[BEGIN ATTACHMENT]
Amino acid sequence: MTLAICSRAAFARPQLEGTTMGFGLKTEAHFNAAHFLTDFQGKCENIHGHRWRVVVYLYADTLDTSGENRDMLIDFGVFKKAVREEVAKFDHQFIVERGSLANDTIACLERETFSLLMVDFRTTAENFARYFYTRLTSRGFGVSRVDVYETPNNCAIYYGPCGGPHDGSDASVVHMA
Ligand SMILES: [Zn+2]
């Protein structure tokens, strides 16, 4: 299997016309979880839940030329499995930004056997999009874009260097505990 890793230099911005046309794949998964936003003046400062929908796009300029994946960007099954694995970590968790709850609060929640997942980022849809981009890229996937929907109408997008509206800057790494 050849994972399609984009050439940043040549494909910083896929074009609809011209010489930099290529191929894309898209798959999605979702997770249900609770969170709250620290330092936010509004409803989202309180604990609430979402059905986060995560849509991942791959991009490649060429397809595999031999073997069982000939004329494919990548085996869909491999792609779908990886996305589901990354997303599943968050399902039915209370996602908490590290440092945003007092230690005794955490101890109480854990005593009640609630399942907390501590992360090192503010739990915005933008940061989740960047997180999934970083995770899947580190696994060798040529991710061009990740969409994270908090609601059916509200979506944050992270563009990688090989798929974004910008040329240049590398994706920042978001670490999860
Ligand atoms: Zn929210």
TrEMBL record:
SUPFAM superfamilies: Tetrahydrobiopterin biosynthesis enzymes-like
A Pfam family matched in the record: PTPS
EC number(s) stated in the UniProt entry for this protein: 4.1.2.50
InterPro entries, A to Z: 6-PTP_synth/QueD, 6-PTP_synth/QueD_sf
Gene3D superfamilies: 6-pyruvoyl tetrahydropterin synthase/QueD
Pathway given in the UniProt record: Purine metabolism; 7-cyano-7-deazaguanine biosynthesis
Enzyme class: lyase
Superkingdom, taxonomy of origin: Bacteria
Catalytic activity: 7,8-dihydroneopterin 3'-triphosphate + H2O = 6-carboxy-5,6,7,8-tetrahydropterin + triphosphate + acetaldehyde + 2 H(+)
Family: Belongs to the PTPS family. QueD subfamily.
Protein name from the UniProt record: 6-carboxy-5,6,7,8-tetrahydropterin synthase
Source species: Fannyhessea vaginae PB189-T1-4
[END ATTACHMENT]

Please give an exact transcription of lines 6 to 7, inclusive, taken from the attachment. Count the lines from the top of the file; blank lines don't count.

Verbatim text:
SUPFAM superfamilies: Tetrahydrobiopterin biosynthesis enzymes-like
A Pfam family matched in the record: PTPS